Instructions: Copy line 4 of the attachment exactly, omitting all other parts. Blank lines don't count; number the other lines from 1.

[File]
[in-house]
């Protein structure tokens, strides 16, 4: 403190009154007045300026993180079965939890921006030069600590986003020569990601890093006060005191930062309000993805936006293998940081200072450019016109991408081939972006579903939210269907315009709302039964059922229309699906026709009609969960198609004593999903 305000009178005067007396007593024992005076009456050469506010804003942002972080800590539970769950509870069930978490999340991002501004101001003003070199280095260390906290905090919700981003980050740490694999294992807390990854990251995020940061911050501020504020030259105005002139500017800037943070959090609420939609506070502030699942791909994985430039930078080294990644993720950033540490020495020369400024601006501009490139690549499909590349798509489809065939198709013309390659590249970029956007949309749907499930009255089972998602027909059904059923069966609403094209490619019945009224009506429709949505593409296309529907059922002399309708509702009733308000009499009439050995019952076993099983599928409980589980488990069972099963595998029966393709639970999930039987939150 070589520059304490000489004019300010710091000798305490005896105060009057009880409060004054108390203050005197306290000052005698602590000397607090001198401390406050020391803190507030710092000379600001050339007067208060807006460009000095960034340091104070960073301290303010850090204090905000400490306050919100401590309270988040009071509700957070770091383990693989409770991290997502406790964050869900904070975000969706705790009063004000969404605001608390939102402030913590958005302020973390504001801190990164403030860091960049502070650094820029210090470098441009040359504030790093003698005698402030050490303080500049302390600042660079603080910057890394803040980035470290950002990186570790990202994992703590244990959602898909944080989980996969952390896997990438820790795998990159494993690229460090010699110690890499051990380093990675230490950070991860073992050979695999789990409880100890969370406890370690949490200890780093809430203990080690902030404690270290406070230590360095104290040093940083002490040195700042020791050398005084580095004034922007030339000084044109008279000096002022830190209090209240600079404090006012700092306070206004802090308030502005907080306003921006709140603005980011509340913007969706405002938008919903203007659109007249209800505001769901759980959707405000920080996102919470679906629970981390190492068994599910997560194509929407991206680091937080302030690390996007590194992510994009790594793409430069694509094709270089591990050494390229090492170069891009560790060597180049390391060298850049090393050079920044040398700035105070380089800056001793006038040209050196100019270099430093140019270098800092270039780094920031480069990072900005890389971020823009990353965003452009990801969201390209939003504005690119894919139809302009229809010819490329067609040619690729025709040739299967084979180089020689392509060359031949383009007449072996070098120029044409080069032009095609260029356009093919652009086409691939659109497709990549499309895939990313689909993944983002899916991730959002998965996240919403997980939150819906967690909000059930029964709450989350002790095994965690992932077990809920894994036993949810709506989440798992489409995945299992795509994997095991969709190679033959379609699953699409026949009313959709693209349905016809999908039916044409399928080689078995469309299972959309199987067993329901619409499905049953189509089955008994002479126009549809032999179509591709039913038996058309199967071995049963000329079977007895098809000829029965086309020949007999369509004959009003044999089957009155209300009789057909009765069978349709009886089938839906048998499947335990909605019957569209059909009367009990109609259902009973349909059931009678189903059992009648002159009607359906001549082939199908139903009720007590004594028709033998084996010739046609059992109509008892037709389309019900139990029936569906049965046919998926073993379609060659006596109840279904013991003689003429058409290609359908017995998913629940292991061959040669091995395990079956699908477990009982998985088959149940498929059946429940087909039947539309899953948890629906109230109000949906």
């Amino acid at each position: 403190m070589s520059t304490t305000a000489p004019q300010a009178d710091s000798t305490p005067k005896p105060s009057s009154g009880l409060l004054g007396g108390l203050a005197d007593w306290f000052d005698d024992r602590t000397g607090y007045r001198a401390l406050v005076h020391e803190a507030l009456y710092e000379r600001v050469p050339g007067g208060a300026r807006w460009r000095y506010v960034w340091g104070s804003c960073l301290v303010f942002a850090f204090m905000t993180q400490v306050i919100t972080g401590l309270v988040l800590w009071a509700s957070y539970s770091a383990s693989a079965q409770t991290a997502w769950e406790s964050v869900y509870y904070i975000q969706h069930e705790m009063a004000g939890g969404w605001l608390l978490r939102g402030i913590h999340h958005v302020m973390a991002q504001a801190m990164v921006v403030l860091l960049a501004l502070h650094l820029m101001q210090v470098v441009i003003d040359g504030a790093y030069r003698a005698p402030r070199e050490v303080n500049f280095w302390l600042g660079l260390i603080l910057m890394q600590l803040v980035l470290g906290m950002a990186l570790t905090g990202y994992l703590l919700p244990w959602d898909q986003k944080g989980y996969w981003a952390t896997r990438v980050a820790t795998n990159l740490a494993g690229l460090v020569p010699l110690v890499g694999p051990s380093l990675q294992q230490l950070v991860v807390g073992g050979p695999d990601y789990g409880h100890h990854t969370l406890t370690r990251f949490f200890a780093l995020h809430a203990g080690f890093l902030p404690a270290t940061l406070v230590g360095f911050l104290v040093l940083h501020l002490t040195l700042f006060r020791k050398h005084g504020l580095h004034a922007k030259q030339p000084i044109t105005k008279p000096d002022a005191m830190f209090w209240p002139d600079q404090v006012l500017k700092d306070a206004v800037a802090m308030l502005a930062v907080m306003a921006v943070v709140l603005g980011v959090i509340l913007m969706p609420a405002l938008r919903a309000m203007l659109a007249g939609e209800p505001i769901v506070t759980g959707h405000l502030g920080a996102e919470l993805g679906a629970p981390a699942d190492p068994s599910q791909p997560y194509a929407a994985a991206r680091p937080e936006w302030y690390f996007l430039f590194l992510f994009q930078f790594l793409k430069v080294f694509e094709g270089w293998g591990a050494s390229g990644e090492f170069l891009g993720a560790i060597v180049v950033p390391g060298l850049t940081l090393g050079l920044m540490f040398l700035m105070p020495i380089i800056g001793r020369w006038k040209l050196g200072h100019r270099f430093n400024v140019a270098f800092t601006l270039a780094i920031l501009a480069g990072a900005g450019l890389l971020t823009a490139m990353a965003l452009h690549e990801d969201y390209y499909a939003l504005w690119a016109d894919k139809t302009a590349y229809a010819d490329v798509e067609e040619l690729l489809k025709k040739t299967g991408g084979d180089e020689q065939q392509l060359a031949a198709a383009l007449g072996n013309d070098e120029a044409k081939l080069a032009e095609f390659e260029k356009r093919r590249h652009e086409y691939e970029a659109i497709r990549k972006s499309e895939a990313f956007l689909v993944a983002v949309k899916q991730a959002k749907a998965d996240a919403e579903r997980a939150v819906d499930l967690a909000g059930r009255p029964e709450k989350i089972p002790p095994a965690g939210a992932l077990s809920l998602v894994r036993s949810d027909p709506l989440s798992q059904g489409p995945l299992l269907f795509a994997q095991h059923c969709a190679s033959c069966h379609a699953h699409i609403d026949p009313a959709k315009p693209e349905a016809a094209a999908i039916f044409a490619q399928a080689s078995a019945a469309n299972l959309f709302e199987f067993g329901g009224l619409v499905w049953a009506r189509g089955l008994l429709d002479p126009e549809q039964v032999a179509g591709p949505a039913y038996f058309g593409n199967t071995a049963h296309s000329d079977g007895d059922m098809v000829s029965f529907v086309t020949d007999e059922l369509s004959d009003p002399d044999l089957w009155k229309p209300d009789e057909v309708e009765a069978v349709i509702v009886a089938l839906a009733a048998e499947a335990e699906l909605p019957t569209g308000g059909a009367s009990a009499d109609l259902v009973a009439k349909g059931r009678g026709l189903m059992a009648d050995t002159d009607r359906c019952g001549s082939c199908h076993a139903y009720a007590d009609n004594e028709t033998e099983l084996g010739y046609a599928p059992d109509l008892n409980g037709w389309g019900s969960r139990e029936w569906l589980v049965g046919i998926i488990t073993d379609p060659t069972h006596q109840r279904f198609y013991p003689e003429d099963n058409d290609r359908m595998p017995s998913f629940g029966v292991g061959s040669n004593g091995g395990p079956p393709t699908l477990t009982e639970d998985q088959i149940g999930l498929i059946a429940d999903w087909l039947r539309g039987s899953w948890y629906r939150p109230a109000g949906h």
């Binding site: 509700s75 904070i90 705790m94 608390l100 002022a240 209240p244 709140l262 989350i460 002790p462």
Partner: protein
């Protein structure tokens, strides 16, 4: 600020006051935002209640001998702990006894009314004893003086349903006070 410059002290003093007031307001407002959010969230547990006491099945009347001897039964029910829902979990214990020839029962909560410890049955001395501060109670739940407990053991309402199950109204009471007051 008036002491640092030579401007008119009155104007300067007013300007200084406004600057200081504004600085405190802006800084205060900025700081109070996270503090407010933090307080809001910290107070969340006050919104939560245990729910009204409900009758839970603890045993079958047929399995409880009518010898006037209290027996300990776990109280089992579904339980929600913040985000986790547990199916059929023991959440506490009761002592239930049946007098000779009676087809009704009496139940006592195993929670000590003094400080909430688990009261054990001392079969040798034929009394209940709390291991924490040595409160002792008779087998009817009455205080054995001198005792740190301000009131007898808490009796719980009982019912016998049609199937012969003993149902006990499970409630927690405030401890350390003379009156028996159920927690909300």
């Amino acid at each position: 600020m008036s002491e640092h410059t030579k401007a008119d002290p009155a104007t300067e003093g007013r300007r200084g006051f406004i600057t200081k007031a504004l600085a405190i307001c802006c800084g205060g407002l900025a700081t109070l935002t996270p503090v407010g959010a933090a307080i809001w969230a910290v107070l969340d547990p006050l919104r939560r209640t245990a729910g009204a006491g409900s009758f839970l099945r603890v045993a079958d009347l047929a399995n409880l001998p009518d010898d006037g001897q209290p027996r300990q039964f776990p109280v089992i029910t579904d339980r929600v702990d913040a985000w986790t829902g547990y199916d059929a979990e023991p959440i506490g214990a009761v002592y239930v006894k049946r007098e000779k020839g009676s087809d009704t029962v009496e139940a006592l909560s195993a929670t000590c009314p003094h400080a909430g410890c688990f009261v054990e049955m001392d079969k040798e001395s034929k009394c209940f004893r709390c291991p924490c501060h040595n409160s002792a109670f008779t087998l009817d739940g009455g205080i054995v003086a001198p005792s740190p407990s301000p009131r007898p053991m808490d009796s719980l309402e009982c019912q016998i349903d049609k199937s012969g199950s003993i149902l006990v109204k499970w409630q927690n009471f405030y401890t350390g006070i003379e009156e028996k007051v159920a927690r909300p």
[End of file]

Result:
């Binding site: 509700s75 904070i90 705790m94 608390l100 002022a240 209240p244 709140l262 989350i460 002790p462």